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May 2003
2003 Ernest Lilley / SFRevu
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Snare by Katharine Kerr
Tor HCVR: ISBN0312890451 PubDate: April 2003
Review by Victoria McManus

508 pages List price $27.95
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Katharine Kerr, author of the well-received twelve volume Deverry series, veers away from Celtic fantasy with Snare, a science fiction novel set on the titular planet. Kerr's world, populated by the distant descendants of Islamic fundamentalists who co-exist uneasily with two other human cultural groups and native aliens, is revealed by her lush, detailed style. The source cultures have changed and divided over time, sometimes bearing little resemblance to their roots except for flavor; for example, the Islamic Khanate reminded me far more of the early Islamic period in African and the Middle East than of present-day Islamic countries. This is a novel of political intrigue and personal discovery, set outside of our reality.

The humans of Snare live in lush enclaves set apart from harsh desert ruled by the alien Cha'Meech, sentient vaguely insectoid beings who survive as nomads. The Islamic Khanate seem to be the largest population group; the Vranz (speakers of a form of French) and the nomadic Comnee are smaller groups that prove important to the plot. Fundamental conflicts of the novel are based on the cultural values of settled peoples versus those of nomads. In the end, it is the mixing of cultures that provides the greatest strength.

Captain Idres Warkannan and Lubahva Shiraz, a musician and "palace girl," are part of a conspiracy to unseat the despotic Gemet Great Khan in favor of the pretender Jezro, who narrowly escaped death at the hands of Gemet's secret police, the Chosen Ones. Kerr eases the reader into a conspiracy of astonishing complexity, in which the point-of-view characters sometimes assume the methods of the tyrant to achieve their aims. The "sorcerer" Yarl Soutan adds to the moral ambiguities; his terrible power is knowledge of advanced technology from the colonists' distant ancestors, and he will stretch the bounds of society to preserve and extend his knowledge.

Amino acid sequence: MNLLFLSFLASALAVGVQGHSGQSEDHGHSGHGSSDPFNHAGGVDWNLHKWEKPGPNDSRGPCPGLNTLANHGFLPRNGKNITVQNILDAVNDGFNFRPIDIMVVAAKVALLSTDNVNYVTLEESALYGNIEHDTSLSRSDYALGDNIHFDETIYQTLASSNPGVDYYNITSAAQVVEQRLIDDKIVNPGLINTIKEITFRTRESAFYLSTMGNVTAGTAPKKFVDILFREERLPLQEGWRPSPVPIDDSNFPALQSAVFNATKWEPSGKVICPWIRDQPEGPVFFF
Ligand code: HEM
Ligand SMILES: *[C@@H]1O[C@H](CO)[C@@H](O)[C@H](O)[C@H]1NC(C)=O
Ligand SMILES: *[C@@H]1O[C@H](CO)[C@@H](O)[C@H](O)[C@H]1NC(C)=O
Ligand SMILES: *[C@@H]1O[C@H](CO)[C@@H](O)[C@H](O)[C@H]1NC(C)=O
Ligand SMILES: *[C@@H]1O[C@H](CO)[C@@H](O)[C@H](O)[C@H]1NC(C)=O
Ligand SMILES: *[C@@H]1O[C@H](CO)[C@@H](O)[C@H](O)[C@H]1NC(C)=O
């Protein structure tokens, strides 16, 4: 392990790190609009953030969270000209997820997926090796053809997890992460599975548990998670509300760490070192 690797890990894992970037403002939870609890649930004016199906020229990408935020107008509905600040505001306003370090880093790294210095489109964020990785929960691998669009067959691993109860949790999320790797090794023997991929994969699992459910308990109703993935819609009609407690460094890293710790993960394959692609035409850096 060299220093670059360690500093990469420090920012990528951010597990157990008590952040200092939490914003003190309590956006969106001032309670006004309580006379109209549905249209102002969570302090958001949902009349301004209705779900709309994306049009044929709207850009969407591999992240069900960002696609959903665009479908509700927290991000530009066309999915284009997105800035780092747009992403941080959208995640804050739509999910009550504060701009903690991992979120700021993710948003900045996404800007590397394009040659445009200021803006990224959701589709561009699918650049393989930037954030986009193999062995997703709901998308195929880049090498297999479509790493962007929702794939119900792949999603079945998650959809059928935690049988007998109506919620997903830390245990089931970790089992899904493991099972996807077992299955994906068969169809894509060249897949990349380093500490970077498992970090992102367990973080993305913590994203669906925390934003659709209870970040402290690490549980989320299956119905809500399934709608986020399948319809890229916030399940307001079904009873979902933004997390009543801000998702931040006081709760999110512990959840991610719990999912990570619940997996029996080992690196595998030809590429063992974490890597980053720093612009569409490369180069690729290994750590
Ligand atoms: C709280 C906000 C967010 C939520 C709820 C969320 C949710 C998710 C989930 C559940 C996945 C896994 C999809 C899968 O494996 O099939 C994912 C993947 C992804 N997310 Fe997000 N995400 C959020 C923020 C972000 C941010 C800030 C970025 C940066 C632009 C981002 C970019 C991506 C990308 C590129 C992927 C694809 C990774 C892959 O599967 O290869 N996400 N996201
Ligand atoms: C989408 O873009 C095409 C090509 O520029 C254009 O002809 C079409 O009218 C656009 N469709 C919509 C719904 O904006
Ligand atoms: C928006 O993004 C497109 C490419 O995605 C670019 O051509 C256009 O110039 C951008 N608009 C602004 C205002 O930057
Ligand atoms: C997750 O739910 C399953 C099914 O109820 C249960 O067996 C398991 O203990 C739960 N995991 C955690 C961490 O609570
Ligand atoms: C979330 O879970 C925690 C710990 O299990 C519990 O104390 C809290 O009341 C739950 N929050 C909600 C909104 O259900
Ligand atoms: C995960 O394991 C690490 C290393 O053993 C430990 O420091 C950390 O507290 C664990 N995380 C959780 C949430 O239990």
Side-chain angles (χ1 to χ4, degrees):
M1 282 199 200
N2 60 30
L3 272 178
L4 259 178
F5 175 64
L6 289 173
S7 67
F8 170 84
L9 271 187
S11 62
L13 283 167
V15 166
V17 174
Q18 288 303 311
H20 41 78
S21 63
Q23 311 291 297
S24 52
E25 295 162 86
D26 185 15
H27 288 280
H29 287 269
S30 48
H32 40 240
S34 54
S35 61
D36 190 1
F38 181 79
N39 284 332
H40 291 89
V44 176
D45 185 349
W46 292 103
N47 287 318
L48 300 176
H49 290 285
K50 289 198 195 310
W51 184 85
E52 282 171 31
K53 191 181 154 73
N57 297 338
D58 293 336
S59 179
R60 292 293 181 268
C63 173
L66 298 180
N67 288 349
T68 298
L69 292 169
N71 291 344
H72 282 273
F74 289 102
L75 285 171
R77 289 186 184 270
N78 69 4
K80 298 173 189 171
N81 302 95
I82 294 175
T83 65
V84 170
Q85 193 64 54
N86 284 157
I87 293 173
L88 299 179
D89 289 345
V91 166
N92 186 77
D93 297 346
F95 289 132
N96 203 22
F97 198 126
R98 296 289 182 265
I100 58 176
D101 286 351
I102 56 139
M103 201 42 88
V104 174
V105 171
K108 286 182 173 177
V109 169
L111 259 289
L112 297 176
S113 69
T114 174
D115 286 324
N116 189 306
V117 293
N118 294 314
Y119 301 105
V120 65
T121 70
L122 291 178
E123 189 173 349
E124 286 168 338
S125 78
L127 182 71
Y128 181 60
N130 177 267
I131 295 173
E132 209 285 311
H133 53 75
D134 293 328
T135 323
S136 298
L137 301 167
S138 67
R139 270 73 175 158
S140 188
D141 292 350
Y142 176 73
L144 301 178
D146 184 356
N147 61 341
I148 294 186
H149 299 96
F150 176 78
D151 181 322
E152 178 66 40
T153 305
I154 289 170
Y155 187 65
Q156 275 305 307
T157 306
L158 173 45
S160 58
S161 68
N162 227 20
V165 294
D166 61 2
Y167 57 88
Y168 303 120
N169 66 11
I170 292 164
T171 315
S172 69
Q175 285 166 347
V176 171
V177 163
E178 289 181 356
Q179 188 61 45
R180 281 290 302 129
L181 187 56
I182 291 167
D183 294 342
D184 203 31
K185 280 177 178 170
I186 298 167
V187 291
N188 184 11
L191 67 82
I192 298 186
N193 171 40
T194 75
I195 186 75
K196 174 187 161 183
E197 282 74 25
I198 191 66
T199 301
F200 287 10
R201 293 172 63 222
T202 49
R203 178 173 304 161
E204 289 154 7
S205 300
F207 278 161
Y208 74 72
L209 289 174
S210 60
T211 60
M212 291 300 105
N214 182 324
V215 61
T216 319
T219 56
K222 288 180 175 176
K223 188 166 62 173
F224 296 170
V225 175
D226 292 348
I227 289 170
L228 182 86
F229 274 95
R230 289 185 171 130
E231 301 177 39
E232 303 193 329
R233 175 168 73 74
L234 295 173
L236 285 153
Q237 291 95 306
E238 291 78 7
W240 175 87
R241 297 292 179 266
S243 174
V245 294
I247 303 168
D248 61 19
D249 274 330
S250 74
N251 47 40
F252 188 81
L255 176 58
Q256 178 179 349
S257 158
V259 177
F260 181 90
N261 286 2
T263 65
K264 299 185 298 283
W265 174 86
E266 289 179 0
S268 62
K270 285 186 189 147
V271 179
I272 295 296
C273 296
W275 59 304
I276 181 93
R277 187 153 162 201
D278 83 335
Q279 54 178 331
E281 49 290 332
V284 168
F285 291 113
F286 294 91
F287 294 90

The Jezro plotline is balanced by a journey of discovery made by the Spirit Rider Ammadin and exiled Khanate officer Zayn Hassan. Ammadin, the strongest woman character in the novel, searches for the roots of the humans on Snare and of her own magic. She accomplishes her goal with the aid of a Vranz woman named Loy Millou and one of the Cha'Meech. Zayn, a man of many masks, searches for his own identity, first through a vision quest, then through self-change as he becomes one with Ammadin's people, the comnee. Both Ammadin and Zayn prove to be important in joining together the various human and alien factions.

Snare is not Kerr's first venture into science fiction; she is also the author of Polar City Blues and Freeze Frames. Except for certain technological elements and the presence of aliens, Snare reads like a densely imagined fantasy or the best science fiction - there are no lumps of scientific information dumped in for the sake of erudition. As the novel progresses, technology is interwoven more tightly into the plot. The parts of Snare connect so smoothly, they seem to have grown organically. It's an intriguing world to let yourself be lost in.

sfr3d.gif (19860 bytes) 2003 Ernest Lilley / SFRevu
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